Posted on September 17, 2014 by othernations
“I wish to speak a word for Nature, for absolute freedom and wildness…I wish to make an extreme statement, if so I may make an emphatic one, for there are enough champions of civilization… what I have been preparing to say is, that in Wildness is the preservation of the World.”
~Henry David Thoreau, from the essay, “Walking” (1862)
We’re in the midst of celebrating the 50th anniversary of the Wilderness Act, signed into law by Pres. Lyndon Johnson on Sept. 3, 1964–102 years after Thoreau delivered his famous dictum. It took Howard Zahniser, the bill’s primary author, eight years (after introduction in 1956), 65 rewrites, and 18 public hearings to get the job done with overwhelming bi-partisan support (those were the days!). Today, 109,511,038 acres of congressionally-designated wilderness compose the 758 units of the National Wilderness Preservation System managed by the Bureau of Land Management, the Forest Service, the National Park Service, and the U.S. Fish & Wildlife Service. Continue reading
Filed under: animal advocacy, animal rights, environmental ethics, hunting, wolves | Tagged: Henry David Thoreau, predators, wilderness, Wilderness Act | 3 Comments »
Posted on September 5, 2014 by David
I am delighted to announce that The Pace Environmental Law Review has published an issue dedicated exclusively to animal law. It is the first Environmental Law Review to do so and its publication marks a tremendous step forward for both disciplines. The articles are available for download via Digital Commons. The Table of Contents is below. Continue reading
Filed under: animal advocacy, animal law, animal scholarship | Tagged: animal ethics, animal law, animal rights, environmental advocacy, environmental ethics, environmental law | Leave a comment »
Posted on August 20, 2014 by Seth
A provocative case came out of the Oregon Supreme Court two weeks ago addressing a warrantless seizure of a horse that was used to convict the defendants of animal abuse. As Animal Legal Defense Fund (ALDF) reports, in the consolidated cases of State v. Fessenden and State v. Dicke, the court held that an officer was acting in accordance with the exceptions to the warrant requirements when he observed a starving horse on defendants’ property and took the horse to a veterinarian for emergency medical attention. The defendants were later charged with animal abuse, but they contended that the seizure of the horse was in violation of their right to privacy, and as it was a warrantless seizure, the evidence (the horse) had to be suppressed.
Filed under: animal advocacy, animal cruelty, animal law, animal rights, animal welfare | Tagged: animal cruelty, animal law, Animal Legal Defense Fund, animal protection, animal rights, animal suffering, animal welfare law, emergency aid, exigent circumstances, Fourth Amendment, horse, horse abuse, Justice Walters, Oregon Attorney General, Oregon Supreme Court, plain view exception, State v. Dicke, State v. Fessenden | 4 Comments »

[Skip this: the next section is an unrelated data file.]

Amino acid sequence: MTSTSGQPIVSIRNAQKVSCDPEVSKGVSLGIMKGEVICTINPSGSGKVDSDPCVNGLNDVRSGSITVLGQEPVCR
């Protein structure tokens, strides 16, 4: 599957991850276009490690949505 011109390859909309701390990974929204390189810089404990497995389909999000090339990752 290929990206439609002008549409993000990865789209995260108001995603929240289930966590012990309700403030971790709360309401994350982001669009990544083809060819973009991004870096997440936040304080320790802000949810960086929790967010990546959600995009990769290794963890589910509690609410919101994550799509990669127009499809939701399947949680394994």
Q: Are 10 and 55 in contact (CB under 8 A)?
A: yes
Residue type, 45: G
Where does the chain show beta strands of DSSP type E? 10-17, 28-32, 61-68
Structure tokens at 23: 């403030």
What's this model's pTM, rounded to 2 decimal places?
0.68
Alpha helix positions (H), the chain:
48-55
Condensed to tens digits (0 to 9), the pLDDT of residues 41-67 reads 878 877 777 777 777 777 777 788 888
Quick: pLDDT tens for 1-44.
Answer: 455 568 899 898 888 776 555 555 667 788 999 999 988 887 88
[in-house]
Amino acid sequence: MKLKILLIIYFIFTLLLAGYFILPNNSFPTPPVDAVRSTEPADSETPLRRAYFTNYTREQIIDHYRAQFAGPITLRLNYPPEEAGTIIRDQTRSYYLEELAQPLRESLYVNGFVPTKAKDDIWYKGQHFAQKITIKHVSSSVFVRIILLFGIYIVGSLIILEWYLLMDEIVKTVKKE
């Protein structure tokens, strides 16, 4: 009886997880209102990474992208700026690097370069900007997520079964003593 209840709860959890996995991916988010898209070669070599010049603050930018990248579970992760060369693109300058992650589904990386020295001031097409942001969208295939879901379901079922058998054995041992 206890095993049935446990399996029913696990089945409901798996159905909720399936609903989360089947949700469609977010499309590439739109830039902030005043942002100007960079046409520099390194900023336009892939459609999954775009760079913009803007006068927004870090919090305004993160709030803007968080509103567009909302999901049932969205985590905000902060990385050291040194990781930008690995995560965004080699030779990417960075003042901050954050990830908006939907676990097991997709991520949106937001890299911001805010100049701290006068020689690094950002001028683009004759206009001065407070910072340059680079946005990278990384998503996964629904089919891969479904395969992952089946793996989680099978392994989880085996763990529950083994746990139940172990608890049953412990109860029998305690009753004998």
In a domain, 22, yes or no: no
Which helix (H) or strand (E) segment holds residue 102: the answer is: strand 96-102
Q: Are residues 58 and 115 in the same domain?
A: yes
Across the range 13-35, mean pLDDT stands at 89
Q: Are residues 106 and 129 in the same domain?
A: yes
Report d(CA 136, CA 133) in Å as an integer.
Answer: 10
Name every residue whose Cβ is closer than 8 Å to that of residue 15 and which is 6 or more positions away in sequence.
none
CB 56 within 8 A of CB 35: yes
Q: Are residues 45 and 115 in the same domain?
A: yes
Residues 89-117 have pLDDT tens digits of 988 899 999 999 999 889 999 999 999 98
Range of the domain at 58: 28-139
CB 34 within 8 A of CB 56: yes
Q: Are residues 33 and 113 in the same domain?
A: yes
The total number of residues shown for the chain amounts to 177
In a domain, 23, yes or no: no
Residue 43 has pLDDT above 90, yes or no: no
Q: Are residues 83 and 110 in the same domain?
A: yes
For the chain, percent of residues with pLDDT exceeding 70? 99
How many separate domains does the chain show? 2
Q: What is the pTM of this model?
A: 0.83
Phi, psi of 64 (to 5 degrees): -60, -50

Posted on August 15, 2014 by othernations
Kathleen Stachowski Other Nations
“It’s farming. It is just a different type of farming.” So said Larry Schultz in a bid to move his bobcat fur farm from North Dakota–away from the hustle and bustle of booming Bakken shale oil production–to Fergus County, Montana.
The term “fur farm” makes stomachs churn with apprehension—if not horror–depending on how much one already knows. These shadowy enterprises don’t throw their doors open to public scrutiny, so what we know of them comes from undercover investigative reports and video. But calling it “farming” can’t legitimize an ethically-bereft industry that turns sentient, nonhuman animals into jacket trim. Continue reading
Filed under: animal advocacy, animal cruelty, animal rights, environmental ethics, fur farming | Tagged: bobcat fur farms, Montana | 14 Comments »
Posted on August 7, 2014 by Seth
An article caught my eye this morning about a man in New Mexico who was charged with a felony for extreme cruelty against a dog. The man allegedly stabbed his girlfriend’s dog in the heart, and then marinated the remains of the animal in preparation to cook it. While animal cruelty is a crime in New Mexico, eating dogs or cats is not, and if the defendant is successful in showing he did not act cruelly, there is no consequence for killing a companion animal for food.
These types of cases crop up every once in a while, often accompanied by outrage from some segments of the population over the wanton nature of the act. As always, since the law codifies our social voice, some states have put laws in place to discourage this kind of behavior. In New York, for example, one may not ” slaughter or butcher domesticated dog or domesticated cat to create food, meat or meat products for human or animal consumption.”
Filed under: animal advocacy, animal cruelty, animal ethics, animal law, animal rights, animal welfare, diet, factory farms, Uncategorized | Tagged: animal cruelty, animal law, animal rights, animal suffering, animal welfare, animals, CAFOS, cats, dogs, factory farms, farmed animals, industrial farming | 6 Comments »